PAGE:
In my previously-written article “Concurrent Engineering: The Foundation of DevOps” I wrote “just because you use puppet does not necessarily mean your organization is practicing DevOps.” I didn’t spend much time on it then, but I think it bears repeating and further explanation. The DevOps “movement” has seen, and will likely continue to see, a huge influx of new tools as organizations attempt to find ways to adopt DevOps within their organizations. These tools have included (and certainly have not been limited to) tools that aid in monitoring (statsd), configuration management (puppet), and continuous delivery (hubot).
Operations engineers, software developers, and managers are in a mad dash to develop, utilize, and integrate these tools within their organizations. And that’s where we’re going wrong; we are focused on a single component of the Software/Systems Engineering Process. This process model contains three main components that are central to its existence: methodologies, techniques, and tools (Valacich 2009). While I don’t need to go into each one specifically, it’s clear that the tools are just a single factor in the overall process. Following the model further, it becomes clear that the makeup of each of these components influences the other components in the process.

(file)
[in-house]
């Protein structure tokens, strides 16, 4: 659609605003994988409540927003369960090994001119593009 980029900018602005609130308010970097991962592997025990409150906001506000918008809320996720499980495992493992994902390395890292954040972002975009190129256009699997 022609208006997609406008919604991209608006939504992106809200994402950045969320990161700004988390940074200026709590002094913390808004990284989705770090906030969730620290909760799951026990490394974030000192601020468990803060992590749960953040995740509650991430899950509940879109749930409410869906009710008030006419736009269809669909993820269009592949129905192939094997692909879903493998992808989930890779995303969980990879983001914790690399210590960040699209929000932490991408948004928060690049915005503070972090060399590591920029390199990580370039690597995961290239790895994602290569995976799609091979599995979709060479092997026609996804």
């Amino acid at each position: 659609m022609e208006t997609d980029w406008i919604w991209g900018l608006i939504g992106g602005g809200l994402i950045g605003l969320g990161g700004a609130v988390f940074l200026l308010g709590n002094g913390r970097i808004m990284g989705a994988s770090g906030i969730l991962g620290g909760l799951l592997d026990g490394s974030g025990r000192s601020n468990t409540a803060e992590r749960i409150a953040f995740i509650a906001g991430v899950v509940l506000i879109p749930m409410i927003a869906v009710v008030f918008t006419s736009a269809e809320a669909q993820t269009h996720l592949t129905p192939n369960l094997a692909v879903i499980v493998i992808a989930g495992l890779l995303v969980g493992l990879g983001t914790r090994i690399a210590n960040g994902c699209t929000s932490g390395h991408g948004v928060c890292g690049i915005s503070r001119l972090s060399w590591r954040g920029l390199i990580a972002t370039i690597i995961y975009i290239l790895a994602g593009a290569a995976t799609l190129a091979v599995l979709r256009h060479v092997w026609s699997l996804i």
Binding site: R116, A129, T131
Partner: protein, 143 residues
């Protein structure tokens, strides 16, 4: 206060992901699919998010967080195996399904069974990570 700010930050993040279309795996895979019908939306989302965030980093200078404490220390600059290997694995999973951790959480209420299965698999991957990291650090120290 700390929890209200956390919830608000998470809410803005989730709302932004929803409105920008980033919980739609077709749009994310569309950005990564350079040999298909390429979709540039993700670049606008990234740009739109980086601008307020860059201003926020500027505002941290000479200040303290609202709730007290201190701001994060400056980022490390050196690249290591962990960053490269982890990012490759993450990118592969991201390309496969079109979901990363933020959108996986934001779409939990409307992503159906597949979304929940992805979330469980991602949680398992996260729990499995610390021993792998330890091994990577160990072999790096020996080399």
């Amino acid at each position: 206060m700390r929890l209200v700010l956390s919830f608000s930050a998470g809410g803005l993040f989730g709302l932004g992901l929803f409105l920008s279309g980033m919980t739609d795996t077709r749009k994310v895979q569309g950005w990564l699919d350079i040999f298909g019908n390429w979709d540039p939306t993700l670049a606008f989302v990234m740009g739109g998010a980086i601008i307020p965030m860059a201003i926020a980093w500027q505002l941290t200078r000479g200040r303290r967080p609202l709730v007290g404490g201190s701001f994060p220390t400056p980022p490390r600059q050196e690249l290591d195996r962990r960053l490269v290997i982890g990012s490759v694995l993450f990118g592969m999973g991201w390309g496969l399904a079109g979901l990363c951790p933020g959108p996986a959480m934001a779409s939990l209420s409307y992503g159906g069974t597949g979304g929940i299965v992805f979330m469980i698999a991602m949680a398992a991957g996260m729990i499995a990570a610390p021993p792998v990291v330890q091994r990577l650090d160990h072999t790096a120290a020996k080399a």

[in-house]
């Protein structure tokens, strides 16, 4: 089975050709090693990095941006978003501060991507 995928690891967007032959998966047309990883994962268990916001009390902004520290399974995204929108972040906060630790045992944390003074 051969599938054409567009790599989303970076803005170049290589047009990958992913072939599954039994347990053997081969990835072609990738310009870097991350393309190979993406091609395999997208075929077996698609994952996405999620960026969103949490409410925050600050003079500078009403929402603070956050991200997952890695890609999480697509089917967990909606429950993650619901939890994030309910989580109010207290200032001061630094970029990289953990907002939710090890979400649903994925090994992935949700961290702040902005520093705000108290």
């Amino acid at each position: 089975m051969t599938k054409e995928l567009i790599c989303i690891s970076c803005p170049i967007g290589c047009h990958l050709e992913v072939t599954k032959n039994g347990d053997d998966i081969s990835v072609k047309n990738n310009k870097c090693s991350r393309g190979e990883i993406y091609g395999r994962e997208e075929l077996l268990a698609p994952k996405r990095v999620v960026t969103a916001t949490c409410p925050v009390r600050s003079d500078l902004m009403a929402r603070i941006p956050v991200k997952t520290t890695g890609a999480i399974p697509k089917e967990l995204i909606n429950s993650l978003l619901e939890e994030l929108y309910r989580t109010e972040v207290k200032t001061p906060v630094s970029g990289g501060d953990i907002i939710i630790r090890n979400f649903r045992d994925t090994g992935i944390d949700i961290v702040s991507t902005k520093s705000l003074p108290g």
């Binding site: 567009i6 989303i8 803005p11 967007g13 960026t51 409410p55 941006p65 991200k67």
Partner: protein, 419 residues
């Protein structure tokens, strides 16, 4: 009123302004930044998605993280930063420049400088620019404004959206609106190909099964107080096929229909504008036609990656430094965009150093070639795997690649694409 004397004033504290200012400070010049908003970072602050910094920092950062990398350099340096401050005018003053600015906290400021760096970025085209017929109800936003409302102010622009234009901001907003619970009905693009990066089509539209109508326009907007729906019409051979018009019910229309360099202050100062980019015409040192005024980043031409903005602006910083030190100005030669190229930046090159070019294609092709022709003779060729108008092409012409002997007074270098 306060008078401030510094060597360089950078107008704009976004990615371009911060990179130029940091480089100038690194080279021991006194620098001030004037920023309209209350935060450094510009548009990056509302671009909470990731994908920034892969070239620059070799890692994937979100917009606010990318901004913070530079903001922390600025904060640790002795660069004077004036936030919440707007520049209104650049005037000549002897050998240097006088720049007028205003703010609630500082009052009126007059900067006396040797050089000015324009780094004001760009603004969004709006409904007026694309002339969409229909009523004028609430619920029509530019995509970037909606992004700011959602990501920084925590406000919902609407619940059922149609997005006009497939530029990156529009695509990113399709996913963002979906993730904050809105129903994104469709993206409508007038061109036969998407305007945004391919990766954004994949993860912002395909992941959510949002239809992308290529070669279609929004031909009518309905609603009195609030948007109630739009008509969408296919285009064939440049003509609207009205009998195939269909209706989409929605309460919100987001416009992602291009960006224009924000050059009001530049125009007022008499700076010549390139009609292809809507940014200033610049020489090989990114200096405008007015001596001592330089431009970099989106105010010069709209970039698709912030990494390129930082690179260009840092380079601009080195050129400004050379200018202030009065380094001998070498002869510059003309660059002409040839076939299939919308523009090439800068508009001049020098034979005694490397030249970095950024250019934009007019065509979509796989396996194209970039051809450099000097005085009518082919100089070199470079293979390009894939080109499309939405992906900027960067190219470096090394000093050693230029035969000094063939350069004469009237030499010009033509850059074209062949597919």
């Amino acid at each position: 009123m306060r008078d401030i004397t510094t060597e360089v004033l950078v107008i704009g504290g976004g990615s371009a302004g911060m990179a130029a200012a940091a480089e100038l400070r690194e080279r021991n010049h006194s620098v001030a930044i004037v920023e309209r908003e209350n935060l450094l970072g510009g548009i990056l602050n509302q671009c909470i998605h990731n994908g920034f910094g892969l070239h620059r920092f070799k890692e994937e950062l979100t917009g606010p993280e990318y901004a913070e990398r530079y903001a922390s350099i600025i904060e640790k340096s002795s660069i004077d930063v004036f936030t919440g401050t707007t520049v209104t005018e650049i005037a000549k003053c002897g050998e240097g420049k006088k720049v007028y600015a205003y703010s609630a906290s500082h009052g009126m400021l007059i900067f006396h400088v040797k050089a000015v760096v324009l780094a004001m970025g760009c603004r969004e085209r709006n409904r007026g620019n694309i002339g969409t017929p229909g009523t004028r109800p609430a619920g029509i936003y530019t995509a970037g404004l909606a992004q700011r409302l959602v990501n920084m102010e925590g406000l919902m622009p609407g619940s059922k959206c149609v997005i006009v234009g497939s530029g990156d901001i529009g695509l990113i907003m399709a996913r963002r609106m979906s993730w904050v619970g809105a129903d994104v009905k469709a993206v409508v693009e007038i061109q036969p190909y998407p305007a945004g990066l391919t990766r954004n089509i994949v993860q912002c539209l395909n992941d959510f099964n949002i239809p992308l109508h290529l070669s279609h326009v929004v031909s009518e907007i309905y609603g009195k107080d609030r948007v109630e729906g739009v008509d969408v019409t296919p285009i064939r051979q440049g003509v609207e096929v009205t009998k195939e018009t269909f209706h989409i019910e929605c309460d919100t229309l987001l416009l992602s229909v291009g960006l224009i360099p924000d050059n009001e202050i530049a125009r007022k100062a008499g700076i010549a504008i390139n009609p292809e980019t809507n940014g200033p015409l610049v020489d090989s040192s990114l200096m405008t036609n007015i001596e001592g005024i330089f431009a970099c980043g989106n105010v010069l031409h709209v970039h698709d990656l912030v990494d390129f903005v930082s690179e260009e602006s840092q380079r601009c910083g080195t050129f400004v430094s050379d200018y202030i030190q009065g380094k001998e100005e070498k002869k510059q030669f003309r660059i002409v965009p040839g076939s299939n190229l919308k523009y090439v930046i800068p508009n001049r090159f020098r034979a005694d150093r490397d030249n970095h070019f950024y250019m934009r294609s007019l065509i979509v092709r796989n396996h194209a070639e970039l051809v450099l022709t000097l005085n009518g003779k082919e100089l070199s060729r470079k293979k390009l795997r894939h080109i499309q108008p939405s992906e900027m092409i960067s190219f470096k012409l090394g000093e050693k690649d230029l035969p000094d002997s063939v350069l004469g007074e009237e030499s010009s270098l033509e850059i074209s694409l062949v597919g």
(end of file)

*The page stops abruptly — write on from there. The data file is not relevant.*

Put simply, DevOps is a methodology and, as such, it’s natural that we’re seeing a huge response in tools. What I feel we’re missing, however, is more information about the different techniques used throughout organizations in their software and operations engineering processes. An excellent example of this is Scott Chacon’s explanation of how Github uses Git (and Github!) to deliver continuous improvement to their service. With that said, I would like to see more organizations refine their techniques and talk about these as much as they talk about their tools.